‘The Godfather,’ ‘Part II’: Legendary, influential films

Back to Article
Back to Article

‘The Godfather,’ ‘Part II’: Legendary, influential films

Alexis Page, [email protected]

Hang on for a minute...we're trying to find some more stories you might like.


Email This Story






“I’m gonna make him an offer he can’t refuse.” It is one of the most iconic, quotable lines in film history. Francis Ford Coppola’s “The Godfather (1972)” hails as one of the greatest films ever made, winning three Oscars. “Part II (1974)” is arguably superior, winning six Oscars.

Their importance in film lies in stellar performances, emotional score, beautiful visuals and a compelling story. They tell a saga of an Italian mafia family who rules 1940s America through organized crime. Let’s celebrate the sequel’s 45th anniversary by binging this double feature.

“The Godfather” begins in New York telling an almost three-hour tale about Vito Corleone, a respected Don, or boss, rightfully nicknamed “Godfather.”

His family business is gambling and drugs. Death, betrayals and rival mafias plague Vito and his family.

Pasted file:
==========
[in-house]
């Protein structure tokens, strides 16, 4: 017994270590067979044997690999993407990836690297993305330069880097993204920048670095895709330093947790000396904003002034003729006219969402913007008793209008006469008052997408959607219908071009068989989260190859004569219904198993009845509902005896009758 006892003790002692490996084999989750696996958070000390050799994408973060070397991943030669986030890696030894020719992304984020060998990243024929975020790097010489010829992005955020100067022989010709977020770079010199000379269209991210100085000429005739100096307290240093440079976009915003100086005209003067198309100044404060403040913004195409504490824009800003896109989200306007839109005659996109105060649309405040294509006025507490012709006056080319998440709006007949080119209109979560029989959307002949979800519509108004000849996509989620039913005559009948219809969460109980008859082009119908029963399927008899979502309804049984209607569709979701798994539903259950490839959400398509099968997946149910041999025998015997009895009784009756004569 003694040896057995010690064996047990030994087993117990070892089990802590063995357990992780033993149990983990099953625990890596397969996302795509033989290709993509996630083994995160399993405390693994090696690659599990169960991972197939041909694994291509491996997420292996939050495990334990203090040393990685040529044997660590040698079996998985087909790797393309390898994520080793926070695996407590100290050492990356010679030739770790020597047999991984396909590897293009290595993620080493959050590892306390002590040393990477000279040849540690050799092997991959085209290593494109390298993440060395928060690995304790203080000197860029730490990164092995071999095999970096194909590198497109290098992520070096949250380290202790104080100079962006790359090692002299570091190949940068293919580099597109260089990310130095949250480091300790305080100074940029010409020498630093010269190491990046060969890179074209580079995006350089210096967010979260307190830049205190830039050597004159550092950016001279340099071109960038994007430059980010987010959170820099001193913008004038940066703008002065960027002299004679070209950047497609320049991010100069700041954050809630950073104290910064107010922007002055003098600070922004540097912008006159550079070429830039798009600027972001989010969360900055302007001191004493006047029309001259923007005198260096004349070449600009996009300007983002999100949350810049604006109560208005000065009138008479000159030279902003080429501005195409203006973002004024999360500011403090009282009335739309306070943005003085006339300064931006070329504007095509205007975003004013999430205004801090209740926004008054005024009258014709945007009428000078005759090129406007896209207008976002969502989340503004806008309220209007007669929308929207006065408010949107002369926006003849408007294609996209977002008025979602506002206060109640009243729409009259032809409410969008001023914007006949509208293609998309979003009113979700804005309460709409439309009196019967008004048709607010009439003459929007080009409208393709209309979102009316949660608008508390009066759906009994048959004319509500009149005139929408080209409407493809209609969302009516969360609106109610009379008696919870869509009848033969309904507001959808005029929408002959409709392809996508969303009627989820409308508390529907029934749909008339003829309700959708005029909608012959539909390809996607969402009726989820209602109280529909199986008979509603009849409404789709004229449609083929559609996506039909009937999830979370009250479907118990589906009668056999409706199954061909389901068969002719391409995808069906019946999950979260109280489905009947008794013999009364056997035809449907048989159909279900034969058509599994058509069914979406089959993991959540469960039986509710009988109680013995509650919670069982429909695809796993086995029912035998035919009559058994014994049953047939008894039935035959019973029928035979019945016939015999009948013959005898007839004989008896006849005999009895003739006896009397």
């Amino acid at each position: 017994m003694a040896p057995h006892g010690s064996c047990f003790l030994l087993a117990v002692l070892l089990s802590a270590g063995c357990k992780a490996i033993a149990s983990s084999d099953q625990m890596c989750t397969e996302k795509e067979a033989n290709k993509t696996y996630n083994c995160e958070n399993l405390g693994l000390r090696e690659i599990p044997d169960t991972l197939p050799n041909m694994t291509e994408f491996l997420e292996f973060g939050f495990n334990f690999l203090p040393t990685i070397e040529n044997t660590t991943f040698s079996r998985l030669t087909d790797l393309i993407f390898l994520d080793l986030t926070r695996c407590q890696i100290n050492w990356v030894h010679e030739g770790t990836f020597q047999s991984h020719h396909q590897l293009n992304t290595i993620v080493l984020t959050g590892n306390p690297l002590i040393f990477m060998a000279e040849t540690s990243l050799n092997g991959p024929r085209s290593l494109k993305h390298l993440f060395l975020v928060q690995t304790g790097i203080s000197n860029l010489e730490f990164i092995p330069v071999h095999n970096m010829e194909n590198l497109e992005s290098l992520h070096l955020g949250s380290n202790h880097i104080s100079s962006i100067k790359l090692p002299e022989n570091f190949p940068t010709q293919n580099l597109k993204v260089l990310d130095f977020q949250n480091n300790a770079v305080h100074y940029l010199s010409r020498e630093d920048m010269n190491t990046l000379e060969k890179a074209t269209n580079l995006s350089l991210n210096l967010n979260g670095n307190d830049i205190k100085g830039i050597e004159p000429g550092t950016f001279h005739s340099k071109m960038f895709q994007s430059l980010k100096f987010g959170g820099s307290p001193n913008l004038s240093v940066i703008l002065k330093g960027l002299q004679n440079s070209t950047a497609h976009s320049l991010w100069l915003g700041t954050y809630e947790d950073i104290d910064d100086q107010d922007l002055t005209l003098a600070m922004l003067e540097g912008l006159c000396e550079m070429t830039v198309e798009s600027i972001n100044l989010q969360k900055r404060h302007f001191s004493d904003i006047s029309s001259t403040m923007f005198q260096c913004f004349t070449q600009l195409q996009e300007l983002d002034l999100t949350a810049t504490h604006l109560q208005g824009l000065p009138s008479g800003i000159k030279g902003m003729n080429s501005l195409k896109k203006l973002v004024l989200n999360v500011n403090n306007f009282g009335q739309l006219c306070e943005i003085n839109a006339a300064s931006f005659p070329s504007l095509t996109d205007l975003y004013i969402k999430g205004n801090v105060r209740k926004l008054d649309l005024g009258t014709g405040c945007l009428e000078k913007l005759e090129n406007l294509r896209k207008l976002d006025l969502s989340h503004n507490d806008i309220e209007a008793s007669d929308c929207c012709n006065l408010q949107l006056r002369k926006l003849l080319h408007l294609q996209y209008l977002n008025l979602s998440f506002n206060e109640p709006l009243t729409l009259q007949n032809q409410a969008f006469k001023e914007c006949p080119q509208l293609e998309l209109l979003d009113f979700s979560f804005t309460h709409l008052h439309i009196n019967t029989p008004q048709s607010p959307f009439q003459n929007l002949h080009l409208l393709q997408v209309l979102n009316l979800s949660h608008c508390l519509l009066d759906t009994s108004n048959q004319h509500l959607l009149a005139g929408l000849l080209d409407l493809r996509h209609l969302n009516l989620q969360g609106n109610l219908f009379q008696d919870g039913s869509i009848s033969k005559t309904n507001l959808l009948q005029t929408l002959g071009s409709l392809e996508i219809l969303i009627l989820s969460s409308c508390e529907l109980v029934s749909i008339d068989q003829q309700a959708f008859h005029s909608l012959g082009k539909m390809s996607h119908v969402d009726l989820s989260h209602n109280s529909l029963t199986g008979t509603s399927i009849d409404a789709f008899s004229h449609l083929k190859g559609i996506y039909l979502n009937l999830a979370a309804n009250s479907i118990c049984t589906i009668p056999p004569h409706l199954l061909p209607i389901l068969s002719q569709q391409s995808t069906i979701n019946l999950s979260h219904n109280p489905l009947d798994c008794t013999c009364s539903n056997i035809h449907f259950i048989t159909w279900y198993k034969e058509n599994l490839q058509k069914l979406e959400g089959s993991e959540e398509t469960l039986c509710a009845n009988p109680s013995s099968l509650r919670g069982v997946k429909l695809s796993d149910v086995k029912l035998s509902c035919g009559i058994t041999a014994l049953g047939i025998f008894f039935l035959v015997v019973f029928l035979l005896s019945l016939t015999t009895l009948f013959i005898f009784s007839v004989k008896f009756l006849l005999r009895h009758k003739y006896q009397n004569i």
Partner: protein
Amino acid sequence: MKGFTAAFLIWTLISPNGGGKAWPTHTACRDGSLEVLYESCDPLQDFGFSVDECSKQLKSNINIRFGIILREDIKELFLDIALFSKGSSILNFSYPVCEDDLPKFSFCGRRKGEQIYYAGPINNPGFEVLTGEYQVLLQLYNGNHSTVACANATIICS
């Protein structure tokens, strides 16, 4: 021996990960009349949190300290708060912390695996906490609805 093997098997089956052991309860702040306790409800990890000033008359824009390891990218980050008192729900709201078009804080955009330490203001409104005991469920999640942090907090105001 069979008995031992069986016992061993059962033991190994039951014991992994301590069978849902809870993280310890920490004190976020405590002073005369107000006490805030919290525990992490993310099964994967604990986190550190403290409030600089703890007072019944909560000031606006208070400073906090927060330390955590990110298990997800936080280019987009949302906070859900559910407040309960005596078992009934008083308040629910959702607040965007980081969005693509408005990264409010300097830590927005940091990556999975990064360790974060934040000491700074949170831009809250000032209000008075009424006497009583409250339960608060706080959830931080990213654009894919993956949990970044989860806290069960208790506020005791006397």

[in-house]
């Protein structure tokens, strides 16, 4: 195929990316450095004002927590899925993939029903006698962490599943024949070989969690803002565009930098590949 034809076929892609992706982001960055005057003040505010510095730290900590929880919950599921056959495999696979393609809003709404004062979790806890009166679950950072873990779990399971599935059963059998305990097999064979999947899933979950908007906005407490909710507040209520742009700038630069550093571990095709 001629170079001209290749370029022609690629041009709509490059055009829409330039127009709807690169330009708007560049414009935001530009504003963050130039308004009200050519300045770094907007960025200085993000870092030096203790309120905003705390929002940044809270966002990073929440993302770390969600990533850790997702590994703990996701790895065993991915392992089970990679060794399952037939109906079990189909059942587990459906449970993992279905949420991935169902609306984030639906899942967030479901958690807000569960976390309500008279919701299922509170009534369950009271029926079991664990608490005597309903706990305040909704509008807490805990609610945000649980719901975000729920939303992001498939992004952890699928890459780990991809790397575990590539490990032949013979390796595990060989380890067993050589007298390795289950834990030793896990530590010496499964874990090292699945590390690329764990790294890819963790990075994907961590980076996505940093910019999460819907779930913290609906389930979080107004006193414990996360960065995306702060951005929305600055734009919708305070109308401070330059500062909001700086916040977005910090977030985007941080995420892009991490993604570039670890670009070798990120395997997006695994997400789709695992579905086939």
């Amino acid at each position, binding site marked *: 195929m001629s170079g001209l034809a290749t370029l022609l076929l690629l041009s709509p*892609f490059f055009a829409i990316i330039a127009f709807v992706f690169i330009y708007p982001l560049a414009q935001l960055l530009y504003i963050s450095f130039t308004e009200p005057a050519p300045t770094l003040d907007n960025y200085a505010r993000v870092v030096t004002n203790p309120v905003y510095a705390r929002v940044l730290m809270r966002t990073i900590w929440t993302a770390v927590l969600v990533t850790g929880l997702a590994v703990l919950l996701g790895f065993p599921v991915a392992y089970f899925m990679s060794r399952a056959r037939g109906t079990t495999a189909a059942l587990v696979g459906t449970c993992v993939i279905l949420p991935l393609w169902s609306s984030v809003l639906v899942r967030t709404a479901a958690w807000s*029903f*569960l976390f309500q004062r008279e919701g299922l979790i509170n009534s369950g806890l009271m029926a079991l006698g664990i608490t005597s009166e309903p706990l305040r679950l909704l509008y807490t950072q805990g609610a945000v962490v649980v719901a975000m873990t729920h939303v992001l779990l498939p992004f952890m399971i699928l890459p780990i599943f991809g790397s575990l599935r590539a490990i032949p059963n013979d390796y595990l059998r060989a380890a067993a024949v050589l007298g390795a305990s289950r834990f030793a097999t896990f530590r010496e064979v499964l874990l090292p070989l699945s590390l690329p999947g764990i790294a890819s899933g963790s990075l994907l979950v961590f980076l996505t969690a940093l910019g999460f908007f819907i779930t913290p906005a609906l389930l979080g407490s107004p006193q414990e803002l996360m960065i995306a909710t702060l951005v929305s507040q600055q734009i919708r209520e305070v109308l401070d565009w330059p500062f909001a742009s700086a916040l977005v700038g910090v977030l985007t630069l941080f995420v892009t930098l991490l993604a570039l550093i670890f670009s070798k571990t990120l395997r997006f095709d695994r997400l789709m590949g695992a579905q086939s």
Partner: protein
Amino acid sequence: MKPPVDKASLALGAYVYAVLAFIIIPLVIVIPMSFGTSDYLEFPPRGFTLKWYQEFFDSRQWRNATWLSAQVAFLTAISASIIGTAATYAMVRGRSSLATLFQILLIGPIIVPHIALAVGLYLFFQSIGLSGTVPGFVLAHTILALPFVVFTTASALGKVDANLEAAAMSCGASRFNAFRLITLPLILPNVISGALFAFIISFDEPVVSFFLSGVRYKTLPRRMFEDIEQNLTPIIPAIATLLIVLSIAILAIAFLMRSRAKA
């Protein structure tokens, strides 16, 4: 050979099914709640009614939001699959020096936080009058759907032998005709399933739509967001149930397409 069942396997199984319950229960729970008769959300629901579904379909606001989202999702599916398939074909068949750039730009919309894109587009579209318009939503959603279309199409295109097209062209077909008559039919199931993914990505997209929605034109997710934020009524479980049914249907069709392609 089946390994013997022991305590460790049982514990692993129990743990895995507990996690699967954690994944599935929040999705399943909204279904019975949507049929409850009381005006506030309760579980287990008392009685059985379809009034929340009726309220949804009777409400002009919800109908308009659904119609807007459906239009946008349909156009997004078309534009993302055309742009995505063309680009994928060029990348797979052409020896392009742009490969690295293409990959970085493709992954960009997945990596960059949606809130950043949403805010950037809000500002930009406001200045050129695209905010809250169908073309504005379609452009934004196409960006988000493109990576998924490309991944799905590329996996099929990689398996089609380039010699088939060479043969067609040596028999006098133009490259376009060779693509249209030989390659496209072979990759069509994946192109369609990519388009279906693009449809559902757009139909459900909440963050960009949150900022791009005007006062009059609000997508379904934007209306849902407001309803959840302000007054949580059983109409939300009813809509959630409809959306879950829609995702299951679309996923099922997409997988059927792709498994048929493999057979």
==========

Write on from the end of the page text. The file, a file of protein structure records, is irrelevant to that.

“Part II” continues with Michael, Vito’s youngest son, as the new Don. We also see his father’s origins, so it gives a sequel and prequel. The family gets smaller and bodies pile up again. “Part II” is three and a half hours with a five-minute break.

These films have excellent performances with most returning for “Part II.” Hollywood icon Marlon Brando gives Vito a subtle, humble feel.

Al Pacino and Robert De Niro steal the sequel. Pacino commands your attention as Michael when he lashes out, while De Niro plays a younger Vito as ambitious and strangely kind. 

Both films have a classy, vintage vibe, marinated in a warm yellow hue. “The Godfather” echoes the old film noir films your grandparents watched. Imagine the dark streets of New York lit only by streetlights. Shadowy coated men in fedoras grip Tommy guns as they fill the air with noise and a poor man with bullets.

“Part II” is slightly more vibrant. It provides scenic views of Cuba, snowy Nevada woods and sunset-bathed waters.

Nino Rota composes both films. His music evokes sadness, grief and sometimes suspense with an Italian twang. “The Godfather” greets you with a black screen and the haunting blare of a horn. Pieces like “Love Theme” and “The Brothers Mourn” deserve binge-listens and are great additions to your playlist.

“The Godfather” and “Part II” are legendary, influential films for good reason. Filmmakers still pay homage to this classic saga, whether by visuals, music or direct references.